As a popular host and reporter at Imedi TV, Tatia Samkharadze thought she had her dream job – until her boss began making sexually inappropriate comments and advances. When the abuse became unbearable, she decided to record their conversations and used them to become the first woman in Georgia to sue her boss for sexual harassment in 2016.
The move ended her career and she faced intense cyber-bullying. The courts eventually ruled in her favour, but they were ground-breaking decisions because Georgia had no law against sexual harassment. The media attention around her case fueled public debate and prompted research.
In 2017, with support from the European Union, UN Women in partnership with Georgia’s National Statistics Office (GEOSTAT) conducted a National Study on Violence against Women in Georgia – the first nationwide research on the issue since 2009. The study explored the prevalence of domestic violence, non-partner physical and sexual violence, and perceptions and awareness of women and men on gender and violence. For the first time in Georgia, the study also generated data on the prevalence of sexual harassment and stalking, revealing that one in five women had experienced at least one form of sexual harassment in their lifetime – 70 per cent of which took place in public places.
Then, with funding from the United Kingdom under a joint UN Women-World Health Organization (WHO) programme, the findings of the study were widely disseminated. The data were used by UN Women, development partners and civil society as the basis for strategic advocacy and dialogues with parliamentarians and other stakeholders on the need for sexual harassment legislation.
After technical support from UN Women, the Gender Equality Council of the Parliament of Georgia then took action, drafting a package of legislative amendments on the prevention of and response to sexual harassment.
Over the next two years, they were debated by the Parliament of Georgia and in May of 2019 a sexual harassment law was adopted, establishing its regulation in public spaces as well as workplaces and specifying fines for those found guilty of making unsolicited sexual advances.
“Only two years after the research was conducted by UN Women we got new amendments in a law,” hails Samkharadze. “I reckon that this law is a significant mechanism to protect women and also change the work culture as a whole. Now, at least women know that they will not be easily objectified at work and if someone dares to sexually assault them, they won’t be the ones losing their career and a job.”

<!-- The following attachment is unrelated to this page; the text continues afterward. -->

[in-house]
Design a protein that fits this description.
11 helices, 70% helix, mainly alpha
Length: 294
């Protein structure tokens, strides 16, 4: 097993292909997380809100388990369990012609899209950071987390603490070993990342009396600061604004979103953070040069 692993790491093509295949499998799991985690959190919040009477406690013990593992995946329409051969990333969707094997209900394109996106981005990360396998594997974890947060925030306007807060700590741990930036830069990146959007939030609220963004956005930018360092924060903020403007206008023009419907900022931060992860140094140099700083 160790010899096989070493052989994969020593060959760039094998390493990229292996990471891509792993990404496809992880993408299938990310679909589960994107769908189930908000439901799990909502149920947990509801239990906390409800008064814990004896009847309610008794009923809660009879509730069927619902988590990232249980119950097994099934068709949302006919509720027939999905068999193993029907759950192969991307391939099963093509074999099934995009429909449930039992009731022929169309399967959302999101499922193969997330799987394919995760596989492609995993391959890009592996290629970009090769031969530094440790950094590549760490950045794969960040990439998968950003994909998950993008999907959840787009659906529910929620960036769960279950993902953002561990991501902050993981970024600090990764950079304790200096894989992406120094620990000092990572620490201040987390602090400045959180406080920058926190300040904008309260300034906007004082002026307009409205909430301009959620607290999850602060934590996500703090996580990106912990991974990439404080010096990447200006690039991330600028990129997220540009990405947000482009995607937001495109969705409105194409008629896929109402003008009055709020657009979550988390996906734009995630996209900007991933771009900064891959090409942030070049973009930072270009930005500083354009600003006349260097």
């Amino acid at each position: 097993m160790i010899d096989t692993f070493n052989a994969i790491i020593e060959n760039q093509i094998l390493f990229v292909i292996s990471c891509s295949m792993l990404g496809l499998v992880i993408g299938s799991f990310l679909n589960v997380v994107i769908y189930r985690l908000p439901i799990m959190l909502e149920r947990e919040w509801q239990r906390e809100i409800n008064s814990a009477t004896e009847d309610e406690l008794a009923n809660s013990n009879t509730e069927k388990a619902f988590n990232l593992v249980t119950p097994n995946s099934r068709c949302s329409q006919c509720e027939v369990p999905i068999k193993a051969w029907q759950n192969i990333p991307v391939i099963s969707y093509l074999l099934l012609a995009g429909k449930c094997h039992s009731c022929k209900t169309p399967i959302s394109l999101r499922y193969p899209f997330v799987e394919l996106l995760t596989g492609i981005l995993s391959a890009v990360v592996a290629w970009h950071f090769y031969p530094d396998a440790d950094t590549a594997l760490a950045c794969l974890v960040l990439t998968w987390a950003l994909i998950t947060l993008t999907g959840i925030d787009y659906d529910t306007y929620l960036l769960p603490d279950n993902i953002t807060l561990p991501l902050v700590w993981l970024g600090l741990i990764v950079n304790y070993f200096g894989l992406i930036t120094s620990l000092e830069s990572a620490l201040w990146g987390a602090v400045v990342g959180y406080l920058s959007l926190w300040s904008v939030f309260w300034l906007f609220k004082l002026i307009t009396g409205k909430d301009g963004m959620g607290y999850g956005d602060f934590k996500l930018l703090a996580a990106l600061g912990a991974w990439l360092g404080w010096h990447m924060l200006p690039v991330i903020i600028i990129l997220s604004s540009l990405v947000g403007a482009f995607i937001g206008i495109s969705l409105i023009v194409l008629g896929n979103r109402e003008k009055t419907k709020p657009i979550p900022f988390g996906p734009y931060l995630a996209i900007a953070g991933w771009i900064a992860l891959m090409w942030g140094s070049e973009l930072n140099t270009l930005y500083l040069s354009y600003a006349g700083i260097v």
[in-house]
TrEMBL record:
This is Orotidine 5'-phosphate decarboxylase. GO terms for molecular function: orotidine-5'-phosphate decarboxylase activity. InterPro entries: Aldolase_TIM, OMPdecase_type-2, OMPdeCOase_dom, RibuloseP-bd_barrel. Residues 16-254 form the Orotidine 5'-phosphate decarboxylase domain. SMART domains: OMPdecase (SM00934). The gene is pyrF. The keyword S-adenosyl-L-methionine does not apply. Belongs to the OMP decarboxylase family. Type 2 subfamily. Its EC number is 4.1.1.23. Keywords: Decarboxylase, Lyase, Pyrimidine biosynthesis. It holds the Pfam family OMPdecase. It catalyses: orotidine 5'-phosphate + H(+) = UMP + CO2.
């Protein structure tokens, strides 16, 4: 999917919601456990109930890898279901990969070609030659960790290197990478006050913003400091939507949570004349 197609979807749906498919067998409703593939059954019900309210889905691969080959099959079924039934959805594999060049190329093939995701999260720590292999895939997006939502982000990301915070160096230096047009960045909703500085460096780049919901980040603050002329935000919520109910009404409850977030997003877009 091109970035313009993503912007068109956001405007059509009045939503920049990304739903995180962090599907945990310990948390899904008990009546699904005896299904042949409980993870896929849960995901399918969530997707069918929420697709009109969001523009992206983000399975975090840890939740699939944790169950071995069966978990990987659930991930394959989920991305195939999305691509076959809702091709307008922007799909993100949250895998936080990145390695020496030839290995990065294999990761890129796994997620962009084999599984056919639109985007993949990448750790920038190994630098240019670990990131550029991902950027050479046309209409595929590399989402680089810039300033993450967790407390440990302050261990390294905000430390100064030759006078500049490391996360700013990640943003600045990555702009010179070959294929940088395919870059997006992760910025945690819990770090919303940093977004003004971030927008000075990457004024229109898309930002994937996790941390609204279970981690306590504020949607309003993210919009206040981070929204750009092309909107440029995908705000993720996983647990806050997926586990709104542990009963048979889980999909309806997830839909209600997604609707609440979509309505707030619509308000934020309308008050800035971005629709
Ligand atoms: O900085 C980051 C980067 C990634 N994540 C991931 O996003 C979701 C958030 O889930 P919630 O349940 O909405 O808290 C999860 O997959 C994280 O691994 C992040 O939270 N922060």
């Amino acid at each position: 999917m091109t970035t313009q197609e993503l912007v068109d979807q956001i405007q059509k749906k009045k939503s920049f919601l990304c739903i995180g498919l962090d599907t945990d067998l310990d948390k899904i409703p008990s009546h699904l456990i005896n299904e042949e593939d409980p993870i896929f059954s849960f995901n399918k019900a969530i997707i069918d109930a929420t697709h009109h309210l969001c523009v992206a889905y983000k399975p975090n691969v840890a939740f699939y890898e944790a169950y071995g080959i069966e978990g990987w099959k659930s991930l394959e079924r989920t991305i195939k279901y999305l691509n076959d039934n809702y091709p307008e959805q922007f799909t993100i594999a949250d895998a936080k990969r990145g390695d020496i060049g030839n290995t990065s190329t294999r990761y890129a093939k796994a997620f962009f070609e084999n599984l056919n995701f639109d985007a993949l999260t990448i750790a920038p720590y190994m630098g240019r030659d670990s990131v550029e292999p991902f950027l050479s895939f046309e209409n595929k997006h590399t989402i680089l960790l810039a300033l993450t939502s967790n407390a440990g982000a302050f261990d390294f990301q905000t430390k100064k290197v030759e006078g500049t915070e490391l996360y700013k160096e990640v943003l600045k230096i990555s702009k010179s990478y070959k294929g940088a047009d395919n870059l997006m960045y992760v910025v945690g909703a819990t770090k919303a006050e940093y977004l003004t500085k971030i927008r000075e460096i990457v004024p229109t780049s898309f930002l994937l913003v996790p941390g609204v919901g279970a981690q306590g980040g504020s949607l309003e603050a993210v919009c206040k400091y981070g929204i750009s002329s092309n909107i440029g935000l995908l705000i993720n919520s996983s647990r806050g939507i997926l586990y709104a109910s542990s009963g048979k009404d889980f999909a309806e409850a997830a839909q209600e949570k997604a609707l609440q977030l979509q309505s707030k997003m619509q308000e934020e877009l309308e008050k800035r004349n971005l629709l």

Ekaterine Skhiladze, Deputy Public Defender of Georgia, attended the meetings organized by UN Women with MPs and stakeholders to discuss the data and real cases, and agrees that research and lobbying helped spur the law. “In advocacy, it’s very important to show numbers and the extent of the problem. I remember in our discussions with MPs and stakeholders, they kept saying ‘we don’t have this problem in Georgia’ and they asked us to show numbers, which we didn’t have because few people were reporting. This research helped us lobby, raise awareness and show the extent.”
Although the law has been in effect for less than a year, the Public Defender’s Office has received seven complaints of alleged sexual harassment in the workplace, with perpetrators already held accountable in four cases. Meanwhile, the Ministry of Internal Affairs has received another 15 complaints from public places, with 13 perpetrators held accountable.
“This issue is so stigmatized that seven cases in a year is a good number,” says Skhiladze, highlighting the law’s preventive role. “Before, we would have one, maybe two cases a year. But there is a lack of knowledge, so we still need to raise awareness.”
The new law is in line with the Council of Europe Convention on preventing and combating violence against women and domestic violence (also known as the Istanbul Convention), which also requires States parties to collect disaggregated relevant statistical data and support research in the field of all forms of violence covered by the Convention.
Gogita Todradze, Deputy Director of GEOSTAT, highlighted the importance of UN Women’s technical assistance in developing Georgia’s capacity to conduct studies on violence against women in line with globally established methodologies and standards, stressing that this will enable GEOSTAT to replicate similar prevalence surveys in the future.
“The data will further inform policymaking but are of paramount importance for the upcoming Group of Experts on Action against Violence against Women and Domestic Violence monitoring mission in 2020, which will assess the progress made by Georgia in the implementation of the Istanbul Convention,” explains UN Women Georgia Representative Erika Kvapilova.
UN Women Georgia has produced a Lessons Learned report on the study, with practical insights and recommendations. It also offers guidance for researchers, government and development partners in Georgia and around the world on how to implement national prevalence studies on violence against women.
The findings of the UN Women study also generated baseline data for Georgia’s nationalized Sustainable Development Goal indicators.
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Jen Ross is a freelance writer and editor with more than 10 years of UN experience, including with UN-ECLAC, OHCHR and UN Women.